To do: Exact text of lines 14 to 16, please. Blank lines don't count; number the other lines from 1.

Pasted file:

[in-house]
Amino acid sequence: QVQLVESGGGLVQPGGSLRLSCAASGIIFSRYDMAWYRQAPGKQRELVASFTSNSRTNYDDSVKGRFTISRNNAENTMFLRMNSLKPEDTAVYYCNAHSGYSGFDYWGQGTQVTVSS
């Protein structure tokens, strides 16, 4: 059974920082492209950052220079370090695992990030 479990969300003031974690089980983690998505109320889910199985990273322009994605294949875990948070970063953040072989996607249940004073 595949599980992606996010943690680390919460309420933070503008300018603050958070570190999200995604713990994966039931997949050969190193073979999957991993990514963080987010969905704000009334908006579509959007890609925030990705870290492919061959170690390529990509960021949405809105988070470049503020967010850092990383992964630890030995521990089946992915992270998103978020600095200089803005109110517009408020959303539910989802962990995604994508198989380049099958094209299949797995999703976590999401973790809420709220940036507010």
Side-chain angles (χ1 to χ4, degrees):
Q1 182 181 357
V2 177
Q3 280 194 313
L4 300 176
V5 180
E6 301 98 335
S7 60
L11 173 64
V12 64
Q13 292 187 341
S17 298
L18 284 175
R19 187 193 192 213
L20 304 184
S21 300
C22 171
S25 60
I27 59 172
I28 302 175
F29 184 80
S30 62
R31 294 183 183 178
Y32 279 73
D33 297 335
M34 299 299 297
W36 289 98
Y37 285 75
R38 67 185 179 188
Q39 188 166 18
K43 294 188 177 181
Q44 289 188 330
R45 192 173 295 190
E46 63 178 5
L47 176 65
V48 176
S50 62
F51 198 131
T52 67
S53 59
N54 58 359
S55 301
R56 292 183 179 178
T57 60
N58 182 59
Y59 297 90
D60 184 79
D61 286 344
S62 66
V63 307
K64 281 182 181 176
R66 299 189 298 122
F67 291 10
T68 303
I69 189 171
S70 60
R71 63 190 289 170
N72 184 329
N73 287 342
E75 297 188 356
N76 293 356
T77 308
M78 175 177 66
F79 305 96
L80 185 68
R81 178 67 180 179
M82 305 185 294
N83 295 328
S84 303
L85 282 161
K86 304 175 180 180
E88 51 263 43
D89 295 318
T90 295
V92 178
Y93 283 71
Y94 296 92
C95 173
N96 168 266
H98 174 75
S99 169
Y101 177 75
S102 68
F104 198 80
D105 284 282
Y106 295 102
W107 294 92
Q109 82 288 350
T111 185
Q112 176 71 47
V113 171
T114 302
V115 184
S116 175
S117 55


Q13 292 187 341
S17 298
L18 284 175